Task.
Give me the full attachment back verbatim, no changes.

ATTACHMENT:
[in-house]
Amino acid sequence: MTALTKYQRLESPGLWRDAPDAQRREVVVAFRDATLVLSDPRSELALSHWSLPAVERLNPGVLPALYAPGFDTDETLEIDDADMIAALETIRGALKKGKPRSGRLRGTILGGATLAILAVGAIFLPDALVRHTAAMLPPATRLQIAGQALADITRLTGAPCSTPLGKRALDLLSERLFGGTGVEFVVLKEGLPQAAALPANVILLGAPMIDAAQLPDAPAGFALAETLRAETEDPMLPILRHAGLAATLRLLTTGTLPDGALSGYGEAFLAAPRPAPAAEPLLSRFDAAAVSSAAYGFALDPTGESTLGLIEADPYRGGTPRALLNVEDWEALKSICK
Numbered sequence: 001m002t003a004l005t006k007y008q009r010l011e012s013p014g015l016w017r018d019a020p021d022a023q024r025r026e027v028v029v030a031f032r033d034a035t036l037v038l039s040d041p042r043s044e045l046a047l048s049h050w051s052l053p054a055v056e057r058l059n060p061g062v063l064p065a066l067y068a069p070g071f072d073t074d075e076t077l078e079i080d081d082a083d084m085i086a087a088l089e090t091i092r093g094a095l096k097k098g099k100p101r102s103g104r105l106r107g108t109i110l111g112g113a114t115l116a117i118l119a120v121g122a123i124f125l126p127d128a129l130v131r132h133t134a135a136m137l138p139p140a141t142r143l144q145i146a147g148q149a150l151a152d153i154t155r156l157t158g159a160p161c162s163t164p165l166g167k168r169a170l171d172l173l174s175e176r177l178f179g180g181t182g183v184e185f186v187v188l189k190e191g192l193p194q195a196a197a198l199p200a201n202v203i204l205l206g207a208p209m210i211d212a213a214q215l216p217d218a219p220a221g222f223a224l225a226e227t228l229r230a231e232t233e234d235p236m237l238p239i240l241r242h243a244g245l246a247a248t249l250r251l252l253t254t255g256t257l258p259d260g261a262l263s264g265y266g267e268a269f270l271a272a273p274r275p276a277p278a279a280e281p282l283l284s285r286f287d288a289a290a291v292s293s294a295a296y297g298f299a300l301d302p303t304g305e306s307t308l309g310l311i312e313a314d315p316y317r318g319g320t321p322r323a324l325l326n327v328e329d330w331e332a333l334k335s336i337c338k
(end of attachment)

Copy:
[in-house]
Amino acid sequence: MTALTKYQRLESPGLWRDAPDAQRREVVVAFRDATLVLSDPRSELALSHWSLPAVERLNPGVLPALYAPGFDTDETLEIDDADMIAALETIRGALKKGKPRSGRLRGTILGGATLAILAVGAIFLPDALVRHTAAMLPPATRLQIAGQALADITRLTGAPCSTPLGKRALDLLSERLFGGTGVEFVVLKEGLPQAAALPANVILLGAPMIDAAQLPDAPAGFALAETLRAETEDPMLPILRHAGLAATLRLLTTGTLPDGALSGYGEAFLAAPRPAPAAEPLLSRFDAAAVSSAAYGFALDPTGESTLGLIEADPYRGGTPRALLNVEDWEALKSICK
Numbered sequence: 001m002t003a004l005t006k007y008q009r010l011e012s013p014g015l016w017r018d019a020p021d022a023q024r025r026e027v028v029v030a031f032r033d034a035t036l037v038l039s040d041p042r043s044e045l046a047l048s049h050w051s052l053p054a055v056e057r058l059n060p061g062v063l064p065a066l067y068a069p070g071f072d073t074d075e076t077l078e079i080d081d082a083d084m085i086a087a088l089e090t091i092r093g094a095l096k097k098g099k100p101r102s103g104r105l106r107g108t109i110l111g112g113a114t115l116a117i118l119a120v121g122a123i124f125l126p127d128a129l130v131r132h133t134a135a136m137l138p139p140a141t142r143l144q145i146a147g148q149a150l151a152d153i154t155r156l157t158g159a160p161c162s163t164p165l166g167k168r169a170l171d172l173l174s175e176r177l178f179g180g181t182g183v184e185f186v187v188l189k190e191g192l193p194q195a196a197a198l199p200a201n202v203i204l205l206g207a208p209m210i211d212a213a214q215l216p217d218a219p220a221g222f223a224l225a226e227t228l229r230a231e232t233e234d235p236m237l238p239i240l241r242h243a244g245l246a247a248t249l250r251l252l253t254t255g256t257l258p259d260g261a262l263s264g265y266g267e268a269f270l271a272a273p274r275p276a277p278a279a280e281p282l283l284s285r286f287d288a289a290a291v292s293s294a295a296y297g298f299a300l301d302p303t304g305e306s307t308l309g310l311i312e313a314d315p316y317r318g319g320t321p322r323a324l325l326n327v328e329d330w331e332a333l334k335s336i337c338k